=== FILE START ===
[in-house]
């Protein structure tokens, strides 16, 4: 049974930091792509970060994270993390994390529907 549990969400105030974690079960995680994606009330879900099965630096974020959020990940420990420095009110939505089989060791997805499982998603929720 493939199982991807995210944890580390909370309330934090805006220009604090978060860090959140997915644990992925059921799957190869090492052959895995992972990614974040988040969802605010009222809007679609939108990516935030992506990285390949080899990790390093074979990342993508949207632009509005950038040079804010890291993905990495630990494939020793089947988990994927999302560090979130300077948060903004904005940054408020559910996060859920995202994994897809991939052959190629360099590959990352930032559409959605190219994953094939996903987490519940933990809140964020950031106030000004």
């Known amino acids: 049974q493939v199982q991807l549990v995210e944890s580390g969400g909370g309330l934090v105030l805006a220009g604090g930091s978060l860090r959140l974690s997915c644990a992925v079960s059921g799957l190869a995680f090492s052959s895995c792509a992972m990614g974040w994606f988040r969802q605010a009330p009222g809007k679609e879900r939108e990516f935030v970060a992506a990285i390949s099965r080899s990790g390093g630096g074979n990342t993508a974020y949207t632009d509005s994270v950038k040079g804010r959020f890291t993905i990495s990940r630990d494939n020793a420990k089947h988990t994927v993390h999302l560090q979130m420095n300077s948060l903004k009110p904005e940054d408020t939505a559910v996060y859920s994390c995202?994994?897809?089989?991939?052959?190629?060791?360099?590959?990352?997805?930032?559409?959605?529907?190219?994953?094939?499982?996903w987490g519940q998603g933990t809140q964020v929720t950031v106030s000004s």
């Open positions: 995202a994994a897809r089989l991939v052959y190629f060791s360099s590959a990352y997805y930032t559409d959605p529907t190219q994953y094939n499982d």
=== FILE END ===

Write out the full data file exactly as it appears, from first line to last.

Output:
[in-house]
């Protein structure tokens, strides 16, 4: 049974930091792509970060994270993390994390529907 549990969400105030974690079960995680994606009330879900099965630096974020959020990940420990420095009110939505089989060791997805499982998603929720 493939199982991807995210944890580390909370309330934090805006220009604090978060860090959140997915644990992925059921799957190869090492052959895995992972990614974040988040969802605010009222809007679609939108990516935030992506990285390949080899990790390093074979990342993508949207632009509005950038040079804010890291993905990495630990494939020793089947988990994927999302560090979130300077948060903004904005940054408020559910996060859920995202994994897809991939052959190629360099590959990352930032559409959605190219994953094939996903987490519940933990809140964020950031106030000004």
């Known amino acids: 049974q493939v199982q991807l549990v995210e944890s580390g969400g909370g309330l934090v105030l805006a220009g604090g930091s978060l860090r959140l974690s997915c644990a992925v079960s059921g799957l190869a995680f090492s052959s895995c792509a992972m990614g974040w994606f988040r969802q605010a009330p009222g809007k679609e879900r939108e990516f935030v970060a992506a990285i390949s099965r080899s990790g390093g630096g074979n990342t993508a974020y949207t632009d509005s994270v950038k040079g804010r959020f890291t993905i990495s990940r630990d494939n020793a420990k089947h988990t994927v993390h999302l560090q979130m420095n300077s948060l903004k009110p904005e940054d408020t939505a559910v996060y859920s994390c995202?994994?897809?089989?991939?052959?190629?060791?360099?590959?990352?997805?930032?559409?959605?529907?190219?994953?094939?499982?996903w987490g519940q998603g933990t809140q964020v929720t950031v106030s000004s």
């Open positions: 995202a994994a897809r089989l991939v052959y190629f060791s360099s590959a990352y997805y930032t559409d959605p529907t190219q994953y094939n499982d």